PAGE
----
Make the most of your interview

Make the most of your interview

So you’re one of the lucky few who have been offered an interview, whether it’s for your dream job, or a stopgap to fill you in until your chosen career comes along, it’s important to get it right.

You’ve done well to get this far, your cover letter and CV must have impressed, so be sure not to disappoint when you turn up for your interview.

A job interview can be a daunting experience, but if you’re well prepared, much of the potential issues can be avoided.

Preparation is key: you may think you can get through the interview with your wit and charm, but prospective employers aren’t looking for someone who can charm their socks off, they are looking for someone who will do the job they require, and do it well. If you’ve applied for an “experience required” job and have never done the job before, you may be in for trouble, and it’s highly unlikely you’ll be hired.

So do your prep-work prior to the interview, chances are you’ve already researched the company in order to write a good cover letter, so keep that knowledge with you, take a copy of your CV and cover letter so both you and the interviewer(s) are singing from the same songsheet.

Ensure you’re dressed well, and appropriately for the role – that doesn’t mean if you’re going for a motor mechanics job you should arrive in overalls, but you should make an effort and be smartly dressed. Expectations of an interviewer will vary depending on the company or role, so be prepared.

If you’ve been honest with your CV then everything should go smoothly, I remember a conversation I had with the Managing Director of DroidStar Electronics about someone who appeared at an interview for their smart tv box shop wearing bermuda shorts and a celtic kit, whilst you may happily buy an Android TV box from someone who dressed like that, it doesn’t give the best first impression to an interviewer – for some roles, dress casual, yes, but look like you’ve walked in from a holiday on the Costa and you’re not looking like the ideal candidate! Needless to say, there were not employed. but if you’ve stretched the truth a little then you may be in for an uncomfortable interview, if you’re asked a question, be honest – getting a job based on a lie could lead to problems down the line.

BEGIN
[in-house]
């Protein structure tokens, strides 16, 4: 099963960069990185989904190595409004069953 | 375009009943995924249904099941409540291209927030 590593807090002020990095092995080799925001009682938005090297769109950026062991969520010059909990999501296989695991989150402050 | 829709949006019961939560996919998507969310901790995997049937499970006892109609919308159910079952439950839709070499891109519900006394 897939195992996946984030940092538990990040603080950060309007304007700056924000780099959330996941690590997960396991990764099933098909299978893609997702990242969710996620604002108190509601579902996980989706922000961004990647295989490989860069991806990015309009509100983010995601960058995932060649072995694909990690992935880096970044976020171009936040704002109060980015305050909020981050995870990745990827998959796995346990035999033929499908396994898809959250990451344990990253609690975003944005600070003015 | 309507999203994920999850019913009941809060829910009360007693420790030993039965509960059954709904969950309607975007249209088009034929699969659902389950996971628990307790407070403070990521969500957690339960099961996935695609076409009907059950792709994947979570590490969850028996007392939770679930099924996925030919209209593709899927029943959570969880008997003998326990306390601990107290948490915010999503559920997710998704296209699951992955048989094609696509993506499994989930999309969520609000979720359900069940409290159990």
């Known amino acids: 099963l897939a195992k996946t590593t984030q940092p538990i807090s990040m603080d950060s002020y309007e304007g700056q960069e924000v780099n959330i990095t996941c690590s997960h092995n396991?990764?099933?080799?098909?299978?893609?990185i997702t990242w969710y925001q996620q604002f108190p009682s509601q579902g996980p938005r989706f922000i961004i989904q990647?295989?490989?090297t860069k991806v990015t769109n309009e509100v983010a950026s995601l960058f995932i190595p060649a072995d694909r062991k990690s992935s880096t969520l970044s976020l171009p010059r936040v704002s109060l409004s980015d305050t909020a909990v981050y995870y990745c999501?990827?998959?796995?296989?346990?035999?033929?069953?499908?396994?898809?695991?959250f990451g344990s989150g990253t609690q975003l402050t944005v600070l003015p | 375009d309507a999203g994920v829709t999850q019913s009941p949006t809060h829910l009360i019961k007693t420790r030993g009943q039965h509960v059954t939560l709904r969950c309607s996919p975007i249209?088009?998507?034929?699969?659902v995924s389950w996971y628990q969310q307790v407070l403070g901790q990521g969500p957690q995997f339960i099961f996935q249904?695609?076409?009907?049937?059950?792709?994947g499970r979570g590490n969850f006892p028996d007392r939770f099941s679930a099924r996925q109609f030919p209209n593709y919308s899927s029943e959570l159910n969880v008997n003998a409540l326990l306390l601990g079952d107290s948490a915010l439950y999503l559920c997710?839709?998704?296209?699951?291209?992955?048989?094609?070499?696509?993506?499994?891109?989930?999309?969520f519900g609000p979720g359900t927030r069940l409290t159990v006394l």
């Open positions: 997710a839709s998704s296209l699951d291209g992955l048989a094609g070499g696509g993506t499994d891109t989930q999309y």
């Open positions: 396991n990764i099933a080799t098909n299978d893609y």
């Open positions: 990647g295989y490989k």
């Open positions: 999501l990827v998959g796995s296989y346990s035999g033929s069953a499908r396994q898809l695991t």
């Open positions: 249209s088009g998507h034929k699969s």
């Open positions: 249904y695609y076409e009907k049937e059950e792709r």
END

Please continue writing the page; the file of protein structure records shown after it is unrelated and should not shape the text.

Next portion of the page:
No amount of intelligence will make up for ill preparation, often the person interviewing you will have seen all of the tricks in the book, they will have performed countless interviews and it is them doing you a favour by interviewing you, not the other way around, so be respectful, polite and knowledgable.

At the end of most interviews you will be asked for your thoughts on how it went, and if you have any questions – it may be that you understood everything perfectly well and don’t have any questions, but try to have at least one or 2 questions you can ask – it shows you’re keen, and employers like keen.

Once the interview is over, you will generally be given an idea of how long it will be before you hear back – unfortunately many companies don’t have the time to contact every unsuccesful candidate, but some may. If you’ve not heard back in a reasonable amount of time you may wish to make a follow up call, be polite and make your enquiry. If you’re told you got the job, great! Well done! If not, then don’t be afraid to ask for feedback, handling a rejection in a professional manner may just see you considered for future posts over someone who didn’t follow up.

Good luck!

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